(Corrects misspelling in 9th paragraph)
MIAMI Feb 18 A Florida jury awarded $8 million
on Wednesday to the widow of a smoker whose death was caused by
his addiction to cigarettes in a major potential legal setback
for tobacco giant Philip Morris.
The jury in Fort Lauderdale, Florida, decided in favor of
Elaine Hess, the widow of longtime smoker Stuart Hess, who died
of lung cancer in 1997 at age 55. He had smoked for 40 years.
Philip Morris USA, a unit of Altria Group Inc (MO.N), said
it would appeal the verdict, in the first of potentially
thousands of cases to go to trial in Florida.
But Alex Alvarez, an attorney for Elaine Hess, said he and
other lawyers who worked on the case felt vindicated after
winning $5 million in punitive damages on Mrs. Hess' behalf and
$3 million in compensatory damages.
"She's a 110-pound elementary school teacher and she went
up against Philip Morris, one of the most powerful companies in
the world, and won," Alvarez told Reuters. "We have paved the
road for these other litigants to come in and seek their day in
court as well. We're happy to be able to do that for them."
He was referring to about 8,000 cases filed following the
Florida Supreme Court's landmark decision in 2006 to throw out
a $145 billion jury award in a class-action lawsuit filed in
the early 1990s by Miami Beach pediatrician Howard Engle on
behalf of thousands of sick smokers.
In its 2006 ruling that threw out the $145 billion lower-
court award in the Engle case -- the first smokers lawsuit to
be certified as a class action -- the state Supreme Court left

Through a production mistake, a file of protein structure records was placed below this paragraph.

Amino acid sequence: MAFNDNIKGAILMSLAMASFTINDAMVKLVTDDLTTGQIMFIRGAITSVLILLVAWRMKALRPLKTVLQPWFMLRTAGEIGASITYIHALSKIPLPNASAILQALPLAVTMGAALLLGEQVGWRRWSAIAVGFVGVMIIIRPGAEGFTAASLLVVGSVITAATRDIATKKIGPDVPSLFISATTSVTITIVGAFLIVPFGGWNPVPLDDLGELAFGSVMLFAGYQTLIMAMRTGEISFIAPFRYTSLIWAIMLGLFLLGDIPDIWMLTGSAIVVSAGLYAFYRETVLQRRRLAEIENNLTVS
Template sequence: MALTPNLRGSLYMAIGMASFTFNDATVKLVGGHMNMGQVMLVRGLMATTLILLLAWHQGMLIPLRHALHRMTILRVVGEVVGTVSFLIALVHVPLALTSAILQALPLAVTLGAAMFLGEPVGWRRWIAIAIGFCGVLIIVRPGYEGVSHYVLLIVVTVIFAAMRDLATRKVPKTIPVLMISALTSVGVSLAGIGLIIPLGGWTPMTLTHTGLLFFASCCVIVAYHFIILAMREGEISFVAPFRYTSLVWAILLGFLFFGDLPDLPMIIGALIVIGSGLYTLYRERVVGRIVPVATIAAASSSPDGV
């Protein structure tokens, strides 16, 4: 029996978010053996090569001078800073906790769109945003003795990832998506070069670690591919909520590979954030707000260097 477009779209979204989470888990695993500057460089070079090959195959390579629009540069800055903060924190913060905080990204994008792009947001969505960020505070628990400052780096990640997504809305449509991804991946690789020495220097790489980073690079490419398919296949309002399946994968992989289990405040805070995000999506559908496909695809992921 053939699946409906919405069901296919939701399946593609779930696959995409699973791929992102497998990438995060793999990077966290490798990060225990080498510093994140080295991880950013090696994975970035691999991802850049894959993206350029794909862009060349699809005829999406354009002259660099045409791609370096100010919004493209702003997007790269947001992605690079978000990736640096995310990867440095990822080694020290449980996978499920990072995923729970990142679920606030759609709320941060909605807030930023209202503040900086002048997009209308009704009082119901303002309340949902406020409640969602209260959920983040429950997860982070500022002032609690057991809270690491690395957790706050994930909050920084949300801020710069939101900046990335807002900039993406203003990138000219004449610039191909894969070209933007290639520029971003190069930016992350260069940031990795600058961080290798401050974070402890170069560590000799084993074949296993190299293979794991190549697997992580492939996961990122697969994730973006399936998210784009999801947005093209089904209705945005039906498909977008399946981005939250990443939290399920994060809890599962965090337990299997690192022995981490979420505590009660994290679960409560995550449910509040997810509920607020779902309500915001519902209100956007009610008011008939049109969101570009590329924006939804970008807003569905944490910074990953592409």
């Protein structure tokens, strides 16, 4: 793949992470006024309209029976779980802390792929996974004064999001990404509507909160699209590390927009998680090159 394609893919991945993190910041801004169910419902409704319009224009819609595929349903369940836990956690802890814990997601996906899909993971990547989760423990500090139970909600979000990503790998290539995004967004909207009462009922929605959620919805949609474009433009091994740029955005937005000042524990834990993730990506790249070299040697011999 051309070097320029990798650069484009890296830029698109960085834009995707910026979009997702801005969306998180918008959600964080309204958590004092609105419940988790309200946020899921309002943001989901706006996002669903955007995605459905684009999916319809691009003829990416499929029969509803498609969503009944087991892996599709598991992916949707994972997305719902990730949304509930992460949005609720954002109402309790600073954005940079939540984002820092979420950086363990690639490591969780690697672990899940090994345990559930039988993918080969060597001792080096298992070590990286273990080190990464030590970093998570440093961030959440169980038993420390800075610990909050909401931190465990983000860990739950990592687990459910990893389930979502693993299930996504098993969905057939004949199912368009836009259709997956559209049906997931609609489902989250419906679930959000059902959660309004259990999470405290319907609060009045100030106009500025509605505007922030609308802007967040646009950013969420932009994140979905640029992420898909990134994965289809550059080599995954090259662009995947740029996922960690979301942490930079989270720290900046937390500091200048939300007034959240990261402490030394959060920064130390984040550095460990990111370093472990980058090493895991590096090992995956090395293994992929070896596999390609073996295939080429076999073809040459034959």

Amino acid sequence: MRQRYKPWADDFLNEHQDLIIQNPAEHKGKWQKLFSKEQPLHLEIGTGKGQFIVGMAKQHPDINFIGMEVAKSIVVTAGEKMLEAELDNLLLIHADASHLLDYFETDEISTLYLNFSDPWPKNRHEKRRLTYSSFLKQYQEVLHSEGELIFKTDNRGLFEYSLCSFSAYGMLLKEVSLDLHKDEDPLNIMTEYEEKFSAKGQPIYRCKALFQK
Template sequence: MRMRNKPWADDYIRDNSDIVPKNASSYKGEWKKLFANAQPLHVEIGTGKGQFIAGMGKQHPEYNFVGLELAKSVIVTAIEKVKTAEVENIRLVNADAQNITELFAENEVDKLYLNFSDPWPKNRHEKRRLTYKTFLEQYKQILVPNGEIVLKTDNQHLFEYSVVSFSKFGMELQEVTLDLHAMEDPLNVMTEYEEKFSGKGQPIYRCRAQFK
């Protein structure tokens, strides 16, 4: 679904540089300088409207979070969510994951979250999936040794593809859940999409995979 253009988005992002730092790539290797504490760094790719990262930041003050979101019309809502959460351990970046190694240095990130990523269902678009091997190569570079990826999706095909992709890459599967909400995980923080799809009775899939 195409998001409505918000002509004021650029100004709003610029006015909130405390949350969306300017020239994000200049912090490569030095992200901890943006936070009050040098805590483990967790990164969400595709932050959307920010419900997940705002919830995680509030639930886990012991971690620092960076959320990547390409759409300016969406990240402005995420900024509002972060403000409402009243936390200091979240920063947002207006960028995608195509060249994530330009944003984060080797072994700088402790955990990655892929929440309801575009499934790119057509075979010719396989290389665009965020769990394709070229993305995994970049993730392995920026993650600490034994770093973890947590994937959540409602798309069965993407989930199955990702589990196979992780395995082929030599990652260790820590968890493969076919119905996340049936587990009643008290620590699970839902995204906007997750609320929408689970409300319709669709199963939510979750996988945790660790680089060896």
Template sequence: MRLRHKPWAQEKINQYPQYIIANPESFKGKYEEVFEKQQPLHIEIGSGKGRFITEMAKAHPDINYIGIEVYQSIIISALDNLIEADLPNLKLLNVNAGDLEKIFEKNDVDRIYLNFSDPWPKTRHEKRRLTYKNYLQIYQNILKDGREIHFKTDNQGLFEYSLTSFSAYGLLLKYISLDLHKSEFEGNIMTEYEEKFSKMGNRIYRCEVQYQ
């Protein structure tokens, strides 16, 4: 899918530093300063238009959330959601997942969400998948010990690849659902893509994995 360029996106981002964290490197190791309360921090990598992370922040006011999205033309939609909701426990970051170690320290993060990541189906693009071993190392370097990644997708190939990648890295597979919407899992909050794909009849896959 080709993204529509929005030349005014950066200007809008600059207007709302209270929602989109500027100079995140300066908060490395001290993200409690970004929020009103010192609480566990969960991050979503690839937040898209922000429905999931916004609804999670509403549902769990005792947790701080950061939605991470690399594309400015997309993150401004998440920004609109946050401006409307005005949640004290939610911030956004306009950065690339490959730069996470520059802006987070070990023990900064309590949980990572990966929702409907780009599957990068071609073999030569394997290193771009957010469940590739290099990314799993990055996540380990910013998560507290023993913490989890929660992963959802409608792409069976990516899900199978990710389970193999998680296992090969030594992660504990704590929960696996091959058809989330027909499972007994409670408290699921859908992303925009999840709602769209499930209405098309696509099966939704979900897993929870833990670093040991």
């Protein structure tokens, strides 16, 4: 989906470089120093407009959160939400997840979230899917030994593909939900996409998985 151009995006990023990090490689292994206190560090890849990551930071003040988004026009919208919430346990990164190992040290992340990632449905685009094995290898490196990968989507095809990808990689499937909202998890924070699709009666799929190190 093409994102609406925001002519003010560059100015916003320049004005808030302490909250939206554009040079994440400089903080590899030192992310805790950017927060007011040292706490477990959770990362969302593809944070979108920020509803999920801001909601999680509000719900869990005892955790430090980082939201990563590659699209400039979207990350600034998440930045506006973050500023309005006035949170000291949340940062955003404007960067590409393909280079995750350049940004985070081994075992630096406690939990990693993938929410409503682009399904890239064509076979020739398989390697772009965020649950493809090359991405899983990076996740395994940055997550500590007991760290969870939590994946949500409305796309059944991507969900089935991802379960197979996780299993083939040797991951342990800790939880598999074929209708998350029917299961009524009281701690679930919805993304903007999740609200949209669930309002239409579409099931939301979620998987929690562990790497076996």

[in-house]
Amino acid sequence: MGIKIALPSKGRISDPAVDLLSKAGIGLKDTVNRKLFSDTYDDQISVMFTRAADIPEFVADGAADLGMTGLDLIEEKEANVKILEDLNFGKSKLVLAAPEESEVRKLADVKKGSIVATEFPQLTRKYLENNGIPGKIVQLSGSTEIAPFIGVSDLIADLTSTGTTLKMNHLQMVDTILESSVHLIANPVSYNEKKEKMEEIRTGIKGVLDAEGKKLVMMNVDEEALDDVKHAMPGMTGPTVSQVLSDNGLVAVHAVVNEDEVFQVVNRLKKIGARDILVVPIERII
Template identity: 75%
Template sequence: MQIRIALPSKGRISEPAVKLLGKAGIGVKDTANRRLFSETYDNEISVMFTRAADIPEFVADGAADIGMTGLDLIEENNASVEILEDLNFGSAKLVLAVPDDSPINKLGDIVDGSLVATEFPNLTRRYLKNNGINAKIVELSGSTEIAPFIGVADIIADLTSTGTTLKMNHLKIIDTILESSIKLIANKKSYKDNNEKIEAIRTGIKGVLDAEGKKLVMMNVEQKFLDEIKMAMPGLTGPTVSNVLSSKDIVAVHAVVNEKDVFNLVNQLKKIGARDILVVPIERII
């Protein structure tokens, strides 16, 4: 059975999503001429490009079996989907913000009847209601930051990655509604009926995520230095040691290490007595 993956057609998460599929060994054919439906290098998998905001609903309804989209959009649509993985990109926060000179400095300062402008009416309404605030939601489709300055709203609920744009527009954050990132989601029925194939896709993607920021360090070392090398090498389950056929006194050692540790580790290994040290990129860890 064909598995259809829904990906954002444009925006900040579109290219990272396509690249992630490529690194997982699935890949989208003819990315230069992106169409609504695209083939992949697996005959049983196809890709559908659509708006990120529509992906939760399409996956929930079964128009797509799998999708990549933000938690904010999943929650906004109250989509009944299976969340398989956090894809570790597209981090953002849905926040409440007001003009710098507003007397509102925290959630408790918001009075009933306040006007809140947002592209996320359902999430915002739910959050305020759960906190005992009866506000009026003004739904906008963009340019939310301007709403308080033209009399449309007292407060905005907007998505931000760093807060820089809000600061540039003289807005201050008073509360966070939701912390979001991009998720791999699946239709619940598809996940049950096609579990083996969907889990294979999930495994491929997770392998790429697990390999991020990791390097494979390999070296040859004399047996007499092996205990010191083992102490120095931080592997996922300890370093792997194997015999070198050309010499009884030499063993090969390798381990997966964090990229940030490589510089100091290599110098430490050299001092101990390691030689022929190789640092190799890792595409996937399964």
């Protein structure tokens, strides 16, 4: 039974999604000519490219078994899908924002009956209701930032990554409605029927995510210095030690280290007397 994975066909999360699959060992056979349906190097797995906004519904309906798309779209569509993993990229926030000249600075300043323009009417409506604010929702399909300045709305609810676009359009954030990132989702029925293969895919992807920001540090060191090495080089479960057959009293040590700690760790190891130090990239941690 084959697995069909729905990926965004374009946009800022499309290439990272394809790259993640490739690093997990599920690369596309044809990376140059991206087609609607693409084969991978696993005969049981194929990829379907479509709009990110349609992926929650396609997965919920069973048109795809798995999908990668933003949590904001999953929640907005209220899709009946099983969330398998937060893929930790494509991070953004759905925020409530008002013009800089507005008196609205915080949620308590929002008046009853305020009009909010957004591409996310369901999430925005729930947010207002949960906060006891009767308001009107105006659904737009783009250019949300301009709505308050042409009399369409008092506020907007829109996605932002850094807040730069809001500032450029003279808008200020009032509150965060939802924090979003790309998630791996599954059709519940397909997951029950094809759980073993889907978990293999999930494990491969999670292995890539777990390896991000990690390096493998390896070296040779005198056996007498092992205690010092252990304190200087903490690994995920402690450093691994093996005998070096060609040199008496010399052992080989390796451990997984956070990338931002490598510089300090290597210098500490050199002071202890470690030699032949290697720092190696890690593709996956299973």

in place key findings that tobacco companies knowingly sold
dangerous products and concealed the risks of smoking.
That promised to help the thousands of smokers who filed
individual lawsuits against the tobacco companies because they
would not have to prove those issues again.
In a statement saying it would seek appellate review of the
case and of what it called the "constitutionally flawed"
punitive damage verdict, Philip Morris vowed to fight on
against all pending litigation in Florida.
"We will vigorously defend each of these cases, which will
turn on the facts unique to each plaintiff. We do not believe
today's verdict is predictive of outcomes in future cases,"
said Murray Garnick, an Altria senior vice president and
associate general counsel, speaking on behalf of Philip
"This case was selected by plaintiffs' lawyers from among
thousands of others to be the first tried presumably because
they believed it was their best case," said Garnick.
Edwin Sweda, a senior attorney for the Tobacco Products
Liability Project at Northeastern University School of Law in
Boston, agreed the Hess case was no guarantee of the result of
But added it also did not bode at all well for Philip
Morris or its parent.
"It certainly is a very bad sign for Altria that this first
of the potentially up to thousands of cases has gone against
them so dramatically and so emphatically," Sweda said.
"It is a very positive sign for the smokers and their
families going into the future trials throughout Florida later
(Editing by Andre Grenon )